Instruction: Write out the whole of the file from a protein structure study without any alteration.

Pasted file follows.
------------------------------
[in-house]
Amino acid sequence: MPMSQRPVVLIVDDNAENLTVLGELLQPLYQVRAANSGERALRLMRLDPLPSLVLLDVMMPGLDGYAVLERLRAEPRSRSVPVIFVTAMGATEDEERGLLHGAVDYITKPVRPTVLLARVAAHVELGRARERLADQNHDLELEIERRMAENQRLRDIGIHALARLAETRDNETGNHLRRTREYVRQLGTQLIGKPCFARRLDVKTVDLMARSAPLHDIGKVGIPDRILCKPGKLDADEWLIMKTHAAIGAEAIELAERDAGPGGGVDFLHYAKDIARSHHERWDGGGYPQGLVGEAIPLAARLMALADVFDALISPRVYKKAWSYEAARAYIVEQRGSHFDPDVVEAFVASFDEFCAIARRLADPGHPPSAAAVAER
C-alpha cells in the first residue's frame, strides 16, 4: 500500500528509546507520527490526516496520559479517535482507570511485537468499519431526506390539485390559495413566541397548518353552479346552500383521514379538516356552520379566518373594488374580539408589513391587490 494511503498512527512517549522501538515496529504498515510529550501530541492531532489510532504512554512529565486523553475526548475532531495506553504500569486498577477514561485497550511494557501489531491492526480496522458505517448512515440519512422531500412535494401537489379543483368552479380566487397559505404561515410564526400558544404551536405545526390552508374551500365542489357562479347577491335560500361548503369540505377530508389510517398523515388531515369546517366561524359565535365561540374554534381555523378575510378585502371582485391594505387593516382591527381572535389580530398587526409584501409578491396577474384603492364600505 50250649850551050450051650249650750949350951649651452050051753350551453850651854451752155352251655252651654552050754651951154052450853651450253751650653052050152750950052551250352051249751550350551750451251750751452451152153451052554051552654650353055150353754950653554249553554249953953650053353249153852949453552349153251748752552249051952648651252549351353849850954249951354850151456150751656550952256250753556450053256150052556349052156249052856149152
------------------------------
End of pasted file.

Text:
[in-house]
Amino acid sequence: MPMSQRPVVLIVDDNAENLTVLGELLQPLYQVRAANSGERALRLMRLDPLPSLVLLDVMMPGLDGYAVLERLRAEPRSRSVPVIFVTAMGATEDEERGLLHGAVDYITKPVRPTVLLARVAAHVELGRARERLADQNHDLELEIERRMAENQRLRDIGIHALARLAETRDNETGNHLRRTREYVRQLGTQLIGKPCFARRLDVKTVDLMARSAPLHDIGKVGIPDRILCKPGKLDADEWLIMKTHAAIGAEAIELAERDAGPGGGVDFLHYAKDIARSHHERWDGGGYPQGLVGEAIPLAARLMALADVFDALISPRVYKKAWSYEAARAYIVEQRGSHFDPDVVEAFVASFDEFCAIARRLADPGHPPSAAAVAER
C-alpha cells in the first residue's frame, strides 16, 4: 500500500528509546507520527490526516496520559479517535482507570511485537468499519431526506390539485390559495413566541397548518353552479346552500383521514379538516356552520379566518373594488374580539408589513391587490 494511503498512527512517549522501538515496529504498515510529550501530541492531532489510532504512554512529565486523553475526548475532531495506553504500569486498577477514561485497550511494557501489531491492526480496522458505517448512515440519512422531500412535494401537489379543483368552479380566487397559505404561515410564526400558544404551536405545526390552508374551500365542489357562479347577491335560500361548503369540505377530508389510517398523515388531515369546517366561524359565535365561540374554534381555523378575510378585502371582485391594505387593516382591527381572535389580530398587526409584501409578491396577474384603492364600505 50250649850551050450051650249650750949350951649651452050051753350551453850651854451752155352251655252651654552050754651951154052450853651450253751650653052050152750950052551250352051249751550350551750451251750751452451152153451052554051552654650353055150353754950653554249553554249953953650053353249153852949453552349153251748752552249051952648651252549351353849850954249951354850151456150751656550952256250753556450053256150052556349052156249052856149152